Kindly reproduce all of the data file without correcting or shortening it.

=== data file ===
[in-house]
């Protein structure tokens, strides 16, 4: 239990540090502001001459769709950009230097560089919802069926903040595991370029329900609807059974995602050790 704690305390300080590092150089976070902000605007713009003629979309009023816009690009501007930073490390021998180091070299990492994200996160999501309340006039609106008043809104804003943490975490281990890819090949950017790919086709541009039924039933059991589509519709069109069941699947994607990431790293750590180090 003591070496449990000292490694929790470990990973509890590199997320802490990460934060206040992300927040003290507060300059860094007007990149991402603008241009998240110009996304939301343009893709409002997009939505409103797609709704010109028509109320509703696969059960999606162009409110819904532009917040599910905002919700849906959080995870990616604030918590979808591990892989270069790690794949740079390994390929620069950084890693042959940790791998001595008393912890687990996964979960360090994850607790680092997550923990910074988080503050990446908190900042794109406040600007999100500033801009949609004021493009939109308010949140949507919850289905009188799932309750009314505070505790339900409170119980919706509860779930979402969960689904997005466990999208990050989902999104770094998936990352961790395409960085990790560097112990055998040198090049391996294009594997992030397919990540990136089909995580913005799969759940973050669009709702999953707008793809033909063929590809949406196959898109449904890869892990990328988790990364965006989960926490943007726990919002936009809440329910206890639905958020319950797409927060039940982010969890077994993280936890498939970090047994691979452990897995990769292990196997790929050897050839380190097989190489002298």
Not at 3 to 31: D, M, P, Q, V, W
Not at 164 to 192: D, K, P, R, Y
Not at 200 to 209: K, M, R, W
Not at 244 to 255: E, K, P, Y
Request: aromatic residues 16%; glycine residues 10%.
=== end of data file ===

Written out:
[in-house]
């Protein structure tokens, strides 16, 4: 239990540090502001001459769709950009230097560089919802069926903040595991370029329900609807059974995602050790 704690305390300080590092150089976070902000605007713009003629979309009023816009690009501007930073490390021998180091070299990492994200996160999501309340006039609106008043809104804003943490975490281990890819090949950017790919086709541009039924039933059991589509519709069109069941699947994607990431790293750590180090 003591070496449990000292490694929790470990990973509890590199997320802490990460934060206040992300927040003290507060300059860094007007990149991402603008241009998240110009996304939301343009893709409002997009939505409103797609709704010109028509109320509703696969059960999606162009409110819904532009917040599910905002919700849906959080995870990616604030918590979808591990892989270069790690794949740079390994390929620069950084890693042959940790791998001595008393912890687990996964979960360090994850607790680092997550923990910074988080503050990446908190900042794109406040600007999100500033801009949609004021493009939109308010949140949507919850289905009188799932309750009314505070505790339900409170119980919706509860779930979402969960689904997005466990999208990050989902999104770094998936990352961790395409960085990790560097112990055998040198090049391996294009594997992030397919990540990136089909995580913005799969759940973050669009709702999953707008793809033909063929590809949406196959898109449904890869892990990328988790990364965006989960926490943007726990919002936009809440329910206890639905958020319950797409927060039940982010969890077994993280936890498939970090047994691979452990897995990769292990196997790929050897050839380190097989190489002298």
Not at 3 to 31: D, M, P, Q, V, W
Not at 164 to 192: D, K, P, R, Y
Not at 200 to 209: K, M, R, W
Not at 244 to 255: E, K, P, Y
Request: aromatic residues 16%; glycine residues 10%.